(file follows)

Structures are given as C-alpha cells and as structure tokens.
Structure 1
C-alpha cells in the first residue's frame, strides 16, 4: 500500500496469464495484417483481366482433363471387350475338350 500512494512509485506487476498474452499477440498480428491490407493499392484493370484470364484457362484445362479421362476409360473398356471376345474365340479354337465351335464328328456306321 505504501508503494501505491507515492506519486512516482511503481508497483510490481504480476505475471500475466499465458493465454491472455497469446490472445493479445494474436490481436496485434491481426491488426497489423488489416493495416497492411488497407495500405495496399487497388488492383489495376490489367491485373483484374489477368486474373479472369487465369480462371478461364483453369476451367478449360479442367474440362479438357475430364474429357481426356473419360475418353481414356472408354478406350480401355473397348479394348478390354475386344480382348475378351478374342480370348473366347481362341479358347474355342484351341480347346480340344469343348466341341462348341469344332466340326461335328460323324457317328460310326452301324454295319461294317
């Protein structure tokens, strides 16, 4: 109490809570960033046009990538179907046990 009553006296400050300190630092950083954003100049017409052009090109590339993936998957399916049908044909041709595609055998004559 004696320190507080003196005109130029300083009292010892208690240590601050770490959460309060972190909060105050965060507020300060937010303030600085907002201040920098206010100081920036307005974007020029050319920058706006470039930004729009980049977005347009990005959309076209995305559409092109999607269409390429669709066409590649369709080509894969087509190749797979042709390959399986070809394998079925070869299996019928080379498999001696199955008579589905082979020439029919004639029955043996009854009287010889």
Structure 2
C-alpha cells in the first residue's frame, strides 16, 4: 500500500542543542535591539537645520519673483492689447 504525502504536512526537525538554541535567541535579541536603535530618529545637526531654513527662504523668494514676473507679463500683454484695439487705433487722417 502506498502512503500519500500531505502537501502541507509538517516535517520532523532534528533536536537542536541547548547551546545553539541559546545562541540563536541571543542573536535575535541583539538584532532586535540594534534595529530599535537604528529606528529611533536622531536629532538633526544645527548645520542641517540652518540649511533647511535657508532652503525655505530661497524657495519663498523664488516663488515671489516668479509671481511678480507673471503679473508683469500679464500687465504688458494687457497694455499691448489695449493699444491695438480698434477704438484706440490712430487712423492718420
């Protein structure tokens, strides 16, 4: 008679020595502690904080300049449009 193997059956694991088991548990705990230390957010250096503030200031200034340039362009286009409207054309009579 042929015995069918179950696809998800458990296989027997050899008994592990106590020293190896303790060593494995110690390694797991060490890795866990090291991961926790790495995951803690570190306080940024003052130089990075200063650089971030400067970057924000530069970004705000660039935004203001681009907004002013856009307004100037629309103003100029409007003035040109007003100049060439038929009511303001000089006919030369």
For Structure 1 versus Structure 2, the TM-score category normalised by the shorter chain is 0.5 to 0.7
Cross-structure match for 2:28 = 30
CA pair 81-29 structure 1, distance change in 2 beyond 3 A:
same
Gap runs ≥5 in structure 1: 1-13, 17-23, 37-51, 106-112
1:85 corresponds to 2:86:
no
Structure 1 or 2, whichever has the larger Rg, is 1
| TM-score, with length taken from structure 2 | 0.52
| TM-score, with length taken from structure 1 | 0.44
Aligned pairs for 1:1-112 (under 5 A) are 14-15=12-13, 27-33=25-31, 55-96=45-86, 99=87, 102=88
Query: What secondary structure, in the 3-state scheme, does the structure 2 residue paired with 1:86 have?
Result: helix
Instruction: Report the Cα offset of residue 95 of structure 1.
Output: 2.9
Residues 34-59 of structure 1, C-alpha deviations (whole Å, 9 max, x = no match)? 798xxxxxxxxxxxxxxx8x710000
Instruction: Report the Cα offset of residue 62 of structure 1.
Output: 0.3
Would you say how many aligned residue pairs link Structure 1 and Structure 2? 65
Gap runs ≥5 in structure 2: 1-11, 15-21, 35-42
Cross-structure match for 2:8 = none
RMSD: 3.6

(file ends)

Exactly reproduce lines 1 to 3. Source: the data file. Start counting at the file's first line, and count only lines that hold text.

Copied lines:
Structures are given as C-alpha cells and as structure tokens.
Structure 1
C-alpha cells in the first residue's frame, strides 16, 4: 500500500496469464495484417483481366482433363471387350475338350 500512494512509485506487476498474452499477440498480428491490407493499392484493370484470364484457362484445362479421362476409360473398356471376345474365340479354337465351335464328328456306321 505504501508503494501505491507515492506519486512516482511503481508497483510490481504480476505475471500475466499465458493465454491472455497469446490472445493479445494474436490481436496485434491481426491488426497489423488489416493495416497492411488497407495500405495496399487497388488492383489495376490489367491485373483484374489477368486474373479472369487465369480462371478461364483453369476451367478449360479442367474440362479438357475430364474429357481426356473419360475418353481414356472408354478406350480401355473397348479394348478390354475386344480382348475378351478374342480370348473366347481362341479358347474355342484351341480347346480340344469343348466341341462348341469344332466340326461335328460323324457317328460310326452301324454295319461294317